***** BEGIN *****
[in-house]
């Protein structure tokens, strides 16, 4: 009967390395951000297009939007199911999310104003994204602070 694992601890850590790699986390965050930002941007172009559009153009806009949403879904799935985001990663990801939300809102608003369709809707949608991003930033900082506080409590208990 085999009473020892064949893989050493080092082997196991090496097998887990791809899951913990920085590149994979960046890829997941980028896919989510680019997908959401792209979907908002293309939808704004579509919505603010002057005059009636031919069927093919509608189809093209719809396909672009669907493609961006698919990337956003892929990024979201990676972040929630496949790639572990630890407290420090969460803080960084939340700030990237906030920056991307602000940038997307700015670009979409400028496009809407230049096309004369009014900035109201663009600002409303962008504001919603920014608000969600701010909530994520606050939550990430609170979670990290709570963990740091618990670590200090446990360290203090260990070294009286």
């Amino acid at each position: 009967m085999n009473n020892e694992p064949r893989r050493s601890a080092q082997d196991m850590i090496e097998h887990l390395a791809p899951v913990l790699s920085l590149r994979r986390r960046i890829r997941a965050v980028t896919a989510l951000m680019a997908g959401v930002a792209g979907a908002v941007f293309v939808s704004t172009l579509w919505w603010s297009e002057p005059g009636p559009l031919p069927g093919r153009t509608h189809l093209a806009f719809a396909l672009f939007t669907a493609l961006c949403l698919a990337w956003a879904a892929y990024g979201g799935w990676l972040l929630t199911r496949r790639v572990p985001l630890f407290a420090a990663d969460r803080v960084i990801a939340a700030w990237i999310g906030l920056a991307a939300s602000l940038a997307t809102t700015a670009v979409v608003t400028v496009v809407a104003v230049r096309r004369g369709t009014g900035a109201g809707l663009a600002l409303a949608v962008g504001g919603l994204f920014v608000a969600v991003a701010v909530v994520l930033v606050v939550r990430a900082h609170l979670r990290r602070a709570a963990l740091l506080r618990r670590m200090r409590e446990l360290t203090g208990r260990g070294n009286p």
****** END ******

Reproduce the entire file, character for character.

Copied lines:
[in-house]
């Protein structure tokens, strides 16, 4: 009967390395951000297009939007199911999310104003994204602070 694992601890850590790699986390965050930002941007172009559009153009806009949403879904799935985001990663990801939300809102608003369709809707949608991003930033900082506080409590208990 085999009473020892064949893989050493080092082997196991090496097998887990791809899951913990920085590149994979960046890829997941980028896919989510680019997908959401792209979907908002293309939808704004579509919505603010002057005059009636031919069927093919509608189809093209719809396909672009669907493609961006698919990337956003892929990024979201990676972040929630496949790639572990630890407290420090969460803080960084939340700030990237906030920056991307602000940038997307700015670009979409400028496009809407230049096309004369009014900035109201663009600002409303962008504001919603920014608000969600701010909530994520606050939550990430609170979670990290709570963990740091618990670590200090446990360290203090260990070294009286």
């Amino acid at each position: 009967m085999n009473n020892e694992p064949r893989r050493s601890a080092q082997d196991m850590i090496e097998h887990l390395a791809p899951v913990l790699s920085l590149r994979r986390r960046i890829r997941a965050v980028t896919a989510l951000m680019a997908g959401v930002a792209g979907a908002v941007f293309v939808s704004t172009l579509w919505w603010s297009e002057p005059g009636p559009l031919p069927g093919r153009t509608h189809l093209a806009f719809a396909l672009f939007t669907a493609l961006c949403l698919a990337w956003a879904a892929y990024g979201g799935w990676l972040l929630t199911r496949r790639v572990p985001l630890f407290a420090a990663d969460r803080v960084i990801a939340a700030w990237i999310g906030l920056a991307a939300s602000l940038a997307t809102t700015a670009v979409v608003t400028v496009v809407a104003v230049r096309r004369g369709t009014g900035a109201g809707l663009a600002l409303a949608v962008g504001g919603l994204f920014v608000a969600v991003a701010v909530v994520l930033v606050v939550r990430a900082h609170l979670r990290r602070a709570a963990l740091l506080r618990r670590m200090r409590e446990l360290t203090g208990r260990g070294n009286p």